Last Orders / Gorchmynion Olaf (aka Boozy Brexit Bingo!) 29th March 2019

Proudly part of Live Art Bistro’s Performing Britain Festival, Leeds (UK) March 29th


Armed with an A to Z of Leeds, a folder of Boozy Brexit Bingo cards and a high alcohol tolerance, ShellShock Theatre will embark on a quest through the public houses and spaces of Leeds in an attempt to crowd-source new understandings of our post-Brexit British identities.

Using a bespoke EU Nationality Bingo Drinking Game, an encyclopaedic knowledge of national drinks and the ability to say ‘cheers’ in 27 languages, our blurry eyed adventure will invite the public to join a Boozy Brexit Bingo Drift across the city.

Setting off from Live Art Bistro, unsuspecting members of the public will be drawn into an increasingly loud, animated and emotional hub of debate and camaraderie. Sauntering through the streets, on this once in a lifetime pub crawl – cum- social experiment, the expedition will unite disparate places and people, on a politically perplexing day.

Follow ShellShock Theatres Facebook event for details and updates.



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Sore Thumbs ACW R&D, 15th-26th January 2018

I am embarking on an Arts Council of  Wales and Elysium Gallery supported research and development project this January. It’s a project that I’ve been chipping away at for the last few years and I’ve been able to, with the help and support from my friends, take two weeks out to concentrate on researching and developing my practice with the mentor-ship of Leeds-based performance maker and artist Ellie Harrison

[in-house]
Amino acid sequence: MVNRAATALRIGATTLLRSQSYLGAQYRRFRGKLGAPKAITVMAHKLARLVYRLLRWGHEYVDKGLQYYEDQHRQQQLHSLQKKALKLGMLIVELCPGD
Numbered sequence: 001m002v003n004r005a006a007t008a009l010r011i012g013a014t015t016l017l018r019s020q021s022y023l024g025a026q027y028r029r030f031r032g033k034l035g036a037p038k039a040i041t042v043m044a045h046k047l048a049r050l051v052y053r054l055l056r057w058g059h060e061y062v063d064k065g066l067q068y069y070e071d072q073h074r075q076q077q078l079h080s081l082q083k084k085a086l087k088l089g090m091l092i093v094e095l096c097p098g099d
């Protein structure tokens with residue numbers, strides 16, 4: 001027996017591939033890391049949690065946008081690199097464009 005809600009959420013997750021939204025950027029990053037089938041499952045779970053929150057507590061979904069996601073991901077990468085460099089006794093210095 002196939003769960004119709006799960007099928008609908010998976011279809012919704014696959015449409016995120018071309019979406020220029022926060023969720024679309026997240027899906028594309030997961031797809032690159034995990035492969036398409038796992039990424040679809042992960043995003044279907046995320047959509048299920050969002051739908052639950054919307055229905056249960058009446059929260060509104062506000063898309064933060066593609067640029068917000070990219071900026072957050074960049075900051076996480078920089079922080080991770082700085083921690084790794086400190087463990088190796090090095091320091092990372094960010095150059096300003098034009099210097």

Sore Thumbs, is my attempt to experience, remap and encourage a use of public space which is full of life, colour, unpredictability and play,  providing an alternative to what can be expected from everyday-life. It is a project about routeing performance in place to unlock and encourage conversations and pockets of experience linked to the human experience of death, grief and remembrance.

I begin the Sore Thumbs R&D in Swansea next week and will be collating my thoughts and feelings in a series of blogs posts between the 15th and 26th of January. The posts will be a mixture of working notebook and diary with images, sounds, video, questions and thoughts about how the project is developing. It would be great if you could find the time to read, listen, watch, get in touch or get involved. I hope you enjoy the posts and that they offer a little insight into the process.
sorethumbs logo WITH ARTS B&W
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THE END IS BY YUR ( ShellShock Theatre / Elysium Gallery, Swansea) March ’17

THE END IS BY YUR was an exhibition curated by ShellShock Theatre* and the Elysium as part of the gallery’s 10th anniversary celebrations exploring notions, images and ideas of the afterlife.

The exhibition opened with an evening of site-responsive and immersive performances throughout Swansea City Centre, ranging from a mini-rave outside a dilapidated nightclub, a preacher converting the audience to the cult of Tescos, and smoke grenades engulfing the high street. We continued to host an exhibition which included photography, instillation, music, sculpture and culminated with a Saturday of the DEAD, a day of walking, performances and interactions in the gallery and around Swansea City Centre during the month of March 2017.